BM-optimized.xml  BM_eos.png        vol-Parameters  vol_02  vol_05
BM_eos.eps        INFO_VOL          vol-xml         vol_03
BM_eos.out        energy-vs-volume  vol_01          vol_04
$

The BM_eos.out file, for instance, contains all final fit parameters and pressures which are calculated from equation of state fitting procedure. Also, the script generates a plot, PostScript (BM_eos.eps) or PNG (BM_eos.png) file, which looks like the following.

1BM_eos.png

On this plot, you can also find the optimized values of the parameters appearing in the equation of state (minimum energy, equilibrium volume, bulk modulus, and bulk modulus pressure derivative).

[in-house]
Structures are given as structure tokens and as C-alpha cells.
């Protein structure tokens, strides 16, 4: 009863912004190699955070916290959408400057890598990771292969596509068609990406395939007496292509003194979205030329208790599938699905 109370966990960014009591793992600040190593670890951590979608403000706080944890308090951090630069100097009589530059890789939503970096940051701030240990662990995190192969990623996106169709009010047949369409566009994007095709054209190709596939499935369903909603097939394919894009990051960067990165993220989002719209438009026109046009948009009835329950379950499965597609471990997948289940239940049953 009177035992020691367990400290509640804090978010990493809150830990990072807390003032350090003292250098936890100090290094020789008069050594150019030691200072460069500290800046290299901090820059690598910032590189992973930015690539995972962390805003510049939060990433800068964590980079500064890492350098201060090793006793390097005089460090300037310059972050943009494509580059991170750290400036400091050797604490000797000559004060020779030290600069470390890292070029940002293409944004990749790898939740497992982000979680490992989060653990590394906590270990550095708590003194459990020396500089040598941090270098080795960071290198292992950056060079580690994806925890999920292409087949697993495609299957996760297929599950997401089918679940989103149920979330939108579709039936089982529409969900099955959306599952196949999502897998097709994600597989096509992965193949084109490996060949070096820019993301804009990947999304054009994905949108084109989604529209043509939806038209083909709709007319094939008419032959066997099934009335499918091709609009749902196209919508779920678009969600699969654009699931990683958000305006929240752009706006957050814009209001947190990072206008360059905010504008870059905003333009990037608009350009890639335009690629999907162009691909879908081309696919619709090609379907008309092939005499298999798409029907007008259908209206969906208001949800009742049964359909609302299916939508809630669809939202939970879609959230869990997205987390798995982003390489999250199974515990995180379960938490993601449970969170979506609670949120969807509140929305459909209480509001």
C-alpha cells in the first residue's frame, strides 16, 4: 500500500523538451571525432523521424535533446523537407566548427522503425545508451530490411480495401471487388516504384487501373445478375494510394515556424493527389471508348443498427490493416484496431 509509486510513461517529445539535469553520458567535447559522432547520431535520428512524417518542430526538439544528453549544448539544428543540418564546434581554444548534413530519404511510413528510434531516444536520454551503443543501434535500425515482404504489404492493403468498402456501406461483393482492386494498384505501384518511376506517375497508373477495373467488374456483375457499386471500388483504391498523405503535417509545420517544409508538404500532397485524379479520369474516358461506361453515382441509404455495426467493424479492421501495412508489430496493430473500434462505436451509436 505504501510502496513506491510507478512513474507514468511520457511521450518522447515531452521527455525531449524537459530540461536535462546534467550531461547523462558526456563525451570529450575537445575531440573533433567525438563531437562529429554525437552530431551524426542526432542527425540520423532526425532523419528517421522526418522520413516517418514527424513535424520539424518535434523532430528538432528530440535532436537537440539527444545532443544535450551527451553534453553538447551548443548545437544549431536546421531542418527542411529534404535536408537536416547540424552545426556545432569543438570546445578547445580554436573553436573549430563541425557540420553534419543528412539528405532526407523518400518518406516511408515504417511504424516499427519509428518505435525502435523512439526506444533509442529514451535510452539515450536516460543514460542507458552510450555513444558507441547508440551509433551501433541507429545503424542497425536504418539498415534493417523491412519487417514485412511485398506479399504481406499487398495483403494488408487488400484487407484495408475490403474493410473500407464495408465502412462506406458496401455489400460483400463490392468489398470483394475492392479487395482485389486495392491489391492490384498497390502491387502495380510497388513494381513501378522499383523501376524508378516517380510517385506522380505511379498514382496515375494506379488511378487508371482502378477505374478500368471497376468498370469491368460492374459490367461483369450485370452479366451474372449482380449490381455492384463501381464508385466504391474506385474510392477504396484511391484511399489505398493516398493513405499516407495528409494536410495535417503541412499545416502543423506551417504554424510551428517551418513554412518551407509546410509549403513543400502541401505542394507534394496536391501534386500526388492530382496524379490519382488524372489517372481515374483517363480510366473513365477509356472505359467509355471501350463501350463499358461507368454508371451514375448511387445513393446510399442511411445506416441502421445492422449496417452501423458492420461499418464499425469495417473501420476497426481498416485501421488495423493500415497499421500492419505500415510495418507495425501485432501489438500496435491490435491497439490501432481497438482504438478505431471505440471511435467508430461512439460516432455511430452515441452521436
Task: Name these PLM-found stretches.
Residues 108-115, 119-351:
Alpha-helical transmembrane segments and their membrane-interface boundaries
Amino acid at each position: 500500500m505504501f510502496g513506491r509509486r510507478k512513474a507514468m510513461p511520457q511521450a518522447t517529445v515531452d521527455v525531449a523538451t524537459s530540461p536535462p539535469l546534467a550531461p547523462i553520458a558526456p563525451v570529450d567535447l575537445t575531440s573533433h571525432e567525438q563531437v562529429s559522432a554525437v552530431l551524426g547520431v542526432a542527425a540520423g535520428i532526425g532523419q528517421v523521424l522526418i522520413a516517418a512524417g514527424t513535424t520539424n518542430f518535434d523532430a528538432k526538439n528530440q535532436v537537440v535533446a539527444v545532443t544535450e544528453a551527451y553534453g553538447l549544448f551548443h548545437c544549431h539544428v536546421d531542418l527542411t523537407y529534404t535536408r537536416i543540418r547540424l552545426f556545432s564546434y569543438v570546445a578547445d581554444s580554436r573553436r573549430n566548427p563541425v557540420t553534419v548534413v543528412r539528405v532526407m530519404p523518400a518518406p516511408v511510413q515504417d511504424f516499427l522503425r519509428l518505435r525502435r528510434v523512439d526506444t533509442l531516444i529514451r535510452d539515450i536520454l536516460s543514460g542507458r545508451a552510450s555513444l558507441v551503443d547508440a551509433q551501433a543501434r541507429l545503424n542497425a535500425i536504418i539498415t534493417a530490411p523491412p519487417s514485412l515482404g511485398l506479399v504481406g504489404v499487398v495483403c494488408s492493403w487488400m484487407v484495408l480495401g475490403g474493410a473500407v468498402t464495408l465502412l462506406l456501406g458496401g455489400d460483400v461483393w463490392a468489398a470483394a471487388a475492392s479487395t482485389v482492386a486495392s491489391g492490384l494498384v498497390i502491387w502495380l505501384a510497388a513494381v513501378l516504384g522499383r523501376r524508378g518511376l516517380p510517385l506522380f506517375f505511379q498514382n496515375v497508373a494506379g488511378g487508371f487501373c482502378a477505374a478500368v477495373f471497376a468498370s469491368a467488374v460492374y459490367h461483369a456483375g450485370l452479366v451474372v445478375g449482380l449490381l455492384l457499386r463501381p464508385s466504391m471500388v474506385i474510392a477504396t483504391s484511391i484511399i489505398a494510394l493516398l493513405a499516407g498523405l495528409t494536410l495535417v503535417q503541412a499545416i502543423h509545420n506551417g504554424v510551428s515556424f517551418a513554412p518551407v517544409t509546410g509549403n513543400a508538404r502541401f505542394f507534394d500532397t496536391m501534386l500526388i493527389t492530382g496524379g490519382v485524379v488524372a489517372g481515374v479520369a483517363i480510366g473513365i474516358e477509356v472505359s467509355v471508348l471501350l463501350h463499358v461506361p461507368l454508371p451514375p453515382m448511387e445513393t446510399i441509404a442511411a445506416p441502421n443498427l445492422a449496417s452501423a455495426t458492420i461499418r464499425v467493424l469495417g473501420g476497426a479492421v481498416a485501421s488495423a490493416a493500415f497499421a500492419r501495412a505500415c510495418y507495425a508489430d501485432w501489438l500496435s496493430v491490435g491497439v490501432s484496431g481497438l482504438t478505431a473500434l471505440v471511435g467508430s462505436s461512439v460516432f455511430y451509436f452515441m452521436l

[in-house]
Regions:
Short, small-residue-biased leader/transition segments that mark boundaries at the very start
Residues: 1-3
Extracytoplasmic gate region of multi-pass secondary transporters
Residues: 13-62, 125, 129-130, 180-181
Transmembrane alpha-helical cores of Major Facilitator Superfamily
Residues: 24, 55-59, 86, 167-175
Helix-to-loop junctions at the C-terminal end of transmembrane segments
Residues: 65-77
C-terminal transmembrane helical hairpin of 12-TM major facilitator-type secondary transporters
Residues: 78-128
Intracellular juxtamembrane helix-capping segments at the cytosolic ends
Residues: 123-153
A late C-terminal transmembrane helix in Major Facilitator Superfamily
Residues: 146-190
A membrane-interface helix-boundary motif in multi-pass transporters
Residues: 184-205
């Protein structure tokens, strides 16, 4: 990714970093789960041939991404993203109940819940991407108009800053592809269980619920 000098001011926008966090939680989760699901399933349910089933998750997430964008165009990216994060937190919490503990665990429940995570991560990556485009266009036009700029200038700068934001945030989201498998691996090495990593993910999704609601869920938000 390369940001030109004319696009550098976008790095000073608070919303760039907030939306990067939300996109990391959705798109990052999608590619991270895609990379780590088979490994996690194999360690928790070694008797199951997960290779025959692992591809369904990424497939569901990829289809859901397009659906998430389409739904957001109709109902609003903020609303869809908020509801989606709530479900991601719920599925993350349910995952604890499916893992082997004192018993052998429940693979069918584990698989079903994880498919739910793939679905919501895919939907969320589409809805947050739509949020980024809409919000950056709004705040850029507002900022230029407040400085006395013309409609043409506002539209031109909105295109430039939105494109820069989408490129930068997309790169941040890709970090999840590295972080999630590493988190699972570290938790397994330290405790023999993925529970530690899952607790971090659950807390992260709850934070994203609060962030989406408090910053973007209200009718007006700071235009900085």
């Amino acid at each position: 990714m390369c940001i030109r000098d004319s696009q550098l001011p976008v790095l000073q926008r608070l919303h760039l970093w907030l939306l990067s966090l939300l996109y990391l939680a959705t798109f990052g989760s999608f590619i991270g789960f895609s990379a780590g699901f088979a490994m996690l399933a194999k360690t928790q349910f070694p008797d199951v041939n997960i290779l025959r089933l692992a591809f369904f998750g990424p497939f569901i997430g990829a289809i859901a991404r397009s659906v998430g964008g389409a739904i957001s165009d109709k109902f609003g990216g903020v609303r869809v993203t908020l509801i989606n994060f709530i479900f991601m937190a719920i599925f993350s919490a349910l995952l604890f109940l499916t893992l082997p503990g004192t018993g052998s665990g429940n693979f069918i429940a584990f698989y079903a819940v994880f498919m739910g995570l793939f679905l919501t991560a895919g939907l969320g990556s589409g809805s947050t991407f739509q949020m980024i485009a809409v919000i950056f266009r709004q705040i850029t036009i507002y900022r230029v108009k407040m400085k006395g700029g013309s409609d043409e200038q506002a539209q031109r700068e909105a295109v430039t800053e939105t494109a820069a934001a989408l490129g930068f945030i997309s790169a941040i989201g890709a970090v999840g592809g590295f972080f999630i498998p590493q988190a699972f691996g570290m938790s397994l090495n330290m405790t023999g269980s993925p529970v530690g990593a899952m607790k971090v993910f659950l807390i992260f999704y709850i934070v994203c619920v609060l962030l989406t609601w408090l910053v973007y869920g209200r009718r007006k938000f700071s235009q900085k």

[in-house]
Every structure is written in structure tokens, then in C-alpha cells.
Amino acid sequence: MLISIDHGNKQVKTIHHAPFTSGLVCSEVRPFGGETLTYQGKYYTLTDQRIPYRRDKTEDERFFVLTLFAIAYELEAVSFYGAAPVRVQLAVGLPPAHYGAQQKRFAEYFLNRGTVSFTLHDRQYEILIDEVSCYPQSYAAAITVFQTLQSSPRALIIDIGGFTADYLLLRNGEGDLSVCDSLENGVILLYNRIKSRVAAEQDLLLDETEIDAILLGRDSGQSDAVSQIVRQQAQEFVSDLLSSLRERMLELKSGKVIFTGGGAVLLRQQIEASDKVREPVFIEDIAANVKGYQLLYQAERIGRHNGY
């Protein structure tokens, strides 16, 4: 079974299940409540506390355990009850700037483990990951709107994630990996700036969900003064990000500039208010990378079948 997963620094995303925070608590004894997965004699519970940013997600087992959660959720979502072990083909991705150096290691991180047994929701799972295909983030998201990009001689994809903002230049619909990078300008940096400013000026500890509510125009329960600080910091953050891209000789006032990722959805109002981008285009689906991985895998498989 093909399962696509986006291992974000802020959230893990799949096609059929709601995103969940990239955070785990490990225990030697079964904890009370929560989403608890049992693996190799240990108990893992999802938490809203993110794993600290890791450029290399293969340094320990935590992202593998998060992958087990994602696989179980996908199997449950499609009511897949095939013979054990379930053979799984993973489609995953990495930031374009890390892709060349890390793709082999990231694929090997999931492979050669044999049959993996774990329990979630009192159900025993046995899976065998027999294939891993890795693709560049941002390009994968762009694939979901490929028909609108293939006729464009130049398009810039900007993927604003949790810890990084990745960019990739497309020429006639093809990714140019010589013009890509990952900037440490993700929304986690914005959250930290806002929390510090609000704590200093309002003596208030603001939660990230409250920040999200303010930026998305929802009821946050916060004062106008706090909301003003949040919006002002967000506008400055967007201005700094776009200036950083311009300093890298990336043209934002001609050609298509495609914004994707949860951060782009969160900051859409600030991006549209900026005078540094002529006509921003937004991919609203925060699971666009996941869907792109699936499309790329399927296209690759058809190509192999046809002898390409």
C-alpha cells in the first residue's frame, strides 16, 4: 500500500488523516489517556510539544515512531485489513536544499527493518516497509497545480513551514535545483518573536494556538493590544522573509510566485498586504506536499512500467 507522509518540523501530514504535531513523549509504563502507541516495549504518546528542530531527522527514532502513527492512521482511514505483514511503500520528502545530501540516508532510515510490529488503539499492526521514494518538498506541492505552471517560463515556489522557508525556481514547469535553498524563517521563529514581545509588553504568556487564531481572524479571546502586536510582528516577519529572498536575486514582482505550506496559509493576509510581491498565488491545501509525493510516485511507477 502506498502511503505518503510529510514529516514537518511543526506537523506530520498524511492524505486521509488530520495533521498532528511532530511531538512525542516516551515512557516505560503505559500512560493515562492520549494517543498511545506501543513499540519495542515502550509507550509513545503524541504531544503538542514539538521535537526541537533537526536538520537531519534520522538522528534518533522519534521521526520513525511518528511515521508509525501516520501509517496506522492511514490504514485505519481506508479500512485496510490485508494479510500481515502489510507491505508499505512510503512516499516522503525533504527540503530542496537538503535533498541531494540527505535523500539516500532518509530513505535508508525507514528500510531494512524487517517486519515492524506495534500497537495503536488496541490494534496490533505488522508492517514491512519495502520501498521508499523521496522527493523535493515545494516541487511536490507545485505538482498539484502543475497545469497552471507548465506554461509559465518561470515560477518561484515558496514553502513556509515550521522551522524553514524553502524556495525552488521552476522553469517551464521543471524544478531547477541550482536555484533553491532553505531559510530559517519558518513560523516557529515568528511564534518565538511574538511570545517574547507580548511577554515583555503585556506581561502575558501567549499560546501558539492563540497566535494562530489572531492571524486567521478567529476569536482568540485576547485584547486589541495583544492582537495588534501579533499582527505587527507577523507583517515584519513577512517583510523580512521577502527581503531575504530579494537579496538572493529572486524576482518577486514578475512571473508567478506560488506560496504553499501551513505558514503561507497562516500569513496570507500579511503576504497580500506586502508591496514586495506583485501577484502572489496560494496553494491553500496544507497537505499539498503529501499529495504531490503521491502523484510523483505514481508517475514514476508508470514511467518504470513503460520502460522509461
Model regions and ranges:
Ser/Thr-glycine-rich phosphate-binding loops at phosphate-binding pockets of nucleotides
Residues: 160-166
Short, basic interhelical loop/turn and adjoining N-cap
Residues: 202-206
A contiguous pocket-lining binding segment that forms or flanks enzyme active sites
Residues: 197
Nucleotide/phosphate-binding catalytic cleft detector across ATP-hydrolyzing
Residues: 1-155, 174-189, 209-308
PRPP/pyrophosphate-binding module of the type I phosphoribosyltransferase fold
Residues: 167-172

Please note:

  1. The bulk modulus and bulk modulus pressure derivative which are derived here have to be interpreted only as fitting parameters. This is due to the fact that in this tutorial we are changing the volume, however, we are keeping all other lattice parameter constant. In order to obtain the real physical bulk modulus and bulk modulus pressure derivative, one has to fully optimize at each given volume with respect to all other lattice and internal parameters (e.g., in the case of hexagonal beryllium, with respect to the $c/a$ ratio, too).
  2. The visual analysis of the plots is very important. The user should always check them at each step. In particular, if the minimum lies ouside the displayed region, the calculation should be restarted with more appropriate values of the initial parameters (e.g., volume or $c/a$ ratio). The optimal situation is when the minimum of the energy curves is located in the middle of the investigated region.